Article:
Under changes that go into effect Aug. 16, the city may revoke the license of any business conducting unlawful operations, including violations of the ban on smoking in places of employment.

Owners who operate without a license could face a misdemeanor charge carrying up to 364 days in jail and a $5,000 fine.

Murray said legislation also will be submitted to the City Council to explicitly ban businesses that sell tobacco for use on their premises, with the intent of blocking licenses or permits stemming from legal loopholes.

In the meantime, inspectors from Public Health — Seattle & King and the city, along with police, will continue efforts to enforce smoking laws, he said.

The lounges, which sometimes stay open until the wee early-morning hours, don’t sell alcohol, attracting patrons under 21 while also drawing older customers after bars close at 2 a.m.

According to Public Health, hookah smoke is as harmful as cigarettes.

About 12 percent of high-school seniors have indicated they had used hookahs in the past month — about the same as smoking traditional cigarettes, according to 2014 data, according to the agency.

At Seattle Hookah Lounge in the University District Monday night, Fahad Almansour, 22, sat on one of the many couches in the open, relaxed space.

He said he often smokes hookah at home and even in the car, but he likes the social aspect of lounges. He added that when he doesn’t have homework — he’s a community-college student in Everett — he likes stopping by lounges to relax.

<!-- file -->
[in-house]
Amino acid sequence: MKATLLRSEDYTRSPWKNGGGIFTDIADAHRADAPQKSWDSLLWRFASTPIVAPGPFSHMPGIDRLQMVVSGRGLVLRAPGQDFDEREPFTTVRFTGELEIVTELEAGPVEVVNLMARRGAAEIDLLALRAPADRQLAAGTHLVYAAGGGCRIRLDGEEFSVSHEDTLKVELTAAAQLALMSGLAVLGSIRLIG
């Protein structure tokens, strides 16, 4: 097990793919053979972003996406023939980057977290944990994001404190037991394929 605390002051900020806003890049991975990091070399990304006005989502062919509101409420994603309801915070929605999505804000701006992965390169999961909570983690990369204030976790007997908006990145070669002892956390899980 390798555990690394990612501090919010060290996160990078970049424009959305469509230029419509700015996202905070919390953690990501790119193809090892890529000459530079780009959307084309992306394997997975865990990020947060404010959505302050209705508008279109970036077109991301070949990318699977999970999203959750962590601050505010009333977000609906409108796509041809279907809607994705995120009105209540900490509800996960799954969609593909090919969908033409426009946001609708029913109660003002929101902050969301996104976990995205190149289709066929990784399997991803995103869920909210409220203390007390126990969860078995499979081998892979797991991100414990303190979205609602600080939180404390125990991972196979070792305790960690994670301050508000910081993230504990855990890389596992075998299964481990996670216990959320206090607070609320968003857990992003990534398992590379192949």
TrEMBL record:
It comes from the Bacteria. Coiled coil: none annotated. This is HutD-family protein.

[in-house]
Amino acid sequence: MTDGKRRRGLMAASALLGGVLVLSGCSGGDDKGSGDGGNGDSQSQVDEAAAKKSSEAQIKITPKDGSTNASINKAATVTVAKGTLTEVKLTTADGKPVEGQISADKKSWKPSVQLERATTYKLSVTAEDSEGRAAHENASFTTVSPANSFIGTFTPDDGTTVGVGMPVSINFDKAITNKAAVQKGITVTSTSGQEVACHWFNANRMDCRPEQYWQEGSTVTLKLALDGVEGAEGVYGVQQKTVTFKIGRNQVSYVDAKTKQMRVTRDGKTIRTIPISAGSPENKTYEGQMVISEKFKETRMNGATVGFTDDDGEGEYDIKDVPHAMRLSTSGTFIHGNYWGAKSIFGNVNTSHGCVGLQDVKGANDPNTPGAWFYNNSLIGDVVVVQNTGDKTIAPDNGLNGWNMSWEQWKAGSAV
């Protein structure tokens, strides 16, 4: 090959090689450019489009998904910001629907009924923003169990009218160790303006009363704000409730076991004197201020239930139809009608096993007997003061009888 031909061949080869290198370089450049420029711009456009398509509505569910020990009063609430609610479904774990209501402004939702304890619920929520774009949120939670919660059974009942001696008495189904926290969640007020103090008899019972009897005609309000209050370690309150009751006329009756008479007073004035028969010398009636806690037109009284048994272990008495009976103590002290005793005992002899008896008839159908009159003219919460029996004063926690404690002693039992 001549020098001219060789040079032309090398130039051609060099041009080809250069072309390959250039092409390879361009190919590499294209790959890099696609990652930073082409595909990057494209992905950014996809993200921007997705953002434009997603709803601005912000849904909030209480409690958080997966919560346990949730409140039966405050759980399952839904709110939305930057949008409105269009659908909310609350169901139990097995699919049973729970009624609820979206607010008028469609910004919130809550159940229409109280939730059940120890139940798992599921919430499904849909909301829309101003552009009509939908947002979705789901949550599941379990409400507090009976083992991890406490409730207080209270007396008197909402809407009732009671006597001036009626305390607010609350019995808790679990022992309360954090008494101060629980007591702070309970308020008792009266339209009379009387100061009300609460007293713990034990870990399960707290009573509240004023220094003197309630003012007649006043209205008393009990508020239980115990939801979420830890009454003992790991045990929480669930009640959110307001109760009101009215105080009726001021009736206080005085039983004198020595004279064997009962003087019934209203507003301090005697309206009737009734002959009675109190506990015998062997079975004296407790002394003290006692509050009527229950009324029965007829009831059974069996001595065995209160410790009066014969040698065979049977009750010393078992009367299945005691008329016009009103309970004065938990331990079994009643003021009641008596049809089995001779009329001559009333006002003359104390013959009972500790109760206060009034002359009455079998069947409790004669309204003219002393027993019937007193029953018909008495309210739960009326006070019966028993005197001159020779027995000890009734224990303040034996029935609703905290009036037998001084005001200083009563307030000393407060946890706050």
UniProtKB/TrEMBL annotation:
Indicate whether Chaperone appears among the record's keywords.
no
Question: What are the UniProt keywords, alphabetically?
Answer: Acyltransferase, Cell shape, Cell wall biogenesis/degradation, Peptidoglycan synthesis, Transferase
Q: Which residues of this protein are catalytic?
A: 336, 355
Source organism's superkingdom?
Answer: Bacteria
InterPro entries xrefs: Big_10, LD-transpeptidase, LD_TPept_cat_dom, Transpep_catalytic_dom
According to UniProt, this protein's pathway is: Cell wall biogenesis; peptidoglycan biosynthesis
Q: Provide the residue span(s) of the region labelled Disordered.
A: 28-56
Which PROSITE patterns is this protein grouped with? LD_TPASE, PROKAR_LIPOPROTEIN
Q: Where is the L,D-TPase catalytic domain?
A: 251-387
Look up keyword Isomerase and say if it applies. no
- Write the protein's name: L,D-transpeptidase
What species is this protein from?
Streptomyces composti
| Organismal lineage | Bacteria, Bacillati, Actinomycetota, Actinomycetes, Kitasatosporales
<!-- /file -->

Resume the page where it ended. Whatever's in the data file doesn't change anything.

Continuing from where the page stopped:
The city has long been troubled by the lounges but scrapped plans two years ago to clamp down on the businesses.

Amid suspicions of mayoral election-year politics and alienating minority communities, police cited concerns about plans to target customers. Then-mayor Mike McGinn defended the police department, saying the city ought to work with businesses to get them to comply with rules, similar to way the city works with nightclubs.

After the news conference, Holmes, the city attorney, reiterated that his office gave its approval to an aborted city-health department operation scheduled for June 22, 2013, aimed at driving away customers by issuing tickets. The plan collapsed in confusion and frustration.

Since then, Public Health sought court injunctions in January after hearing-examiner rulings against two hookah lounges that had been ordered to stop allowing patrons to smoke from water pipes.

One of the cases, against Medina Hookah, is scheduled for trial early next year after a judge denied an emergency injunction. The other hookah lounge, The Night Owl, paid fines and fees and chose to close.

“While we can’t close hookah lounges, we can investigate lounges and collect evidence of failure to comply with the smoking ban,” Public Health spokeswoman Sharon Bogan said in an email Monday.

Included are unannounced visits and other efforts, prompting some hookah lounges to simply close rather than contest findings while others continue to operate as the agency escalates enforcement steps, Bogan said.

The owner of Medina, which is located on the edge of the International District, said Monday that he had worked closely with Chin to deal with issues and that officials were unfairly blaming hookah lounges for illegal activity that has plagued the area.

“I’m part of the community,” said Nebil Mohammed 30. “I have a mortgage to pay. I am a law-abiding citizen.”

Information in this article, originally published Aug. 3, 2015, was corrected Aug. 4, 2015. In some editions, the name of Sharon Bogan, spokeswoman for Public Health — Seattle & King County, was misspelled.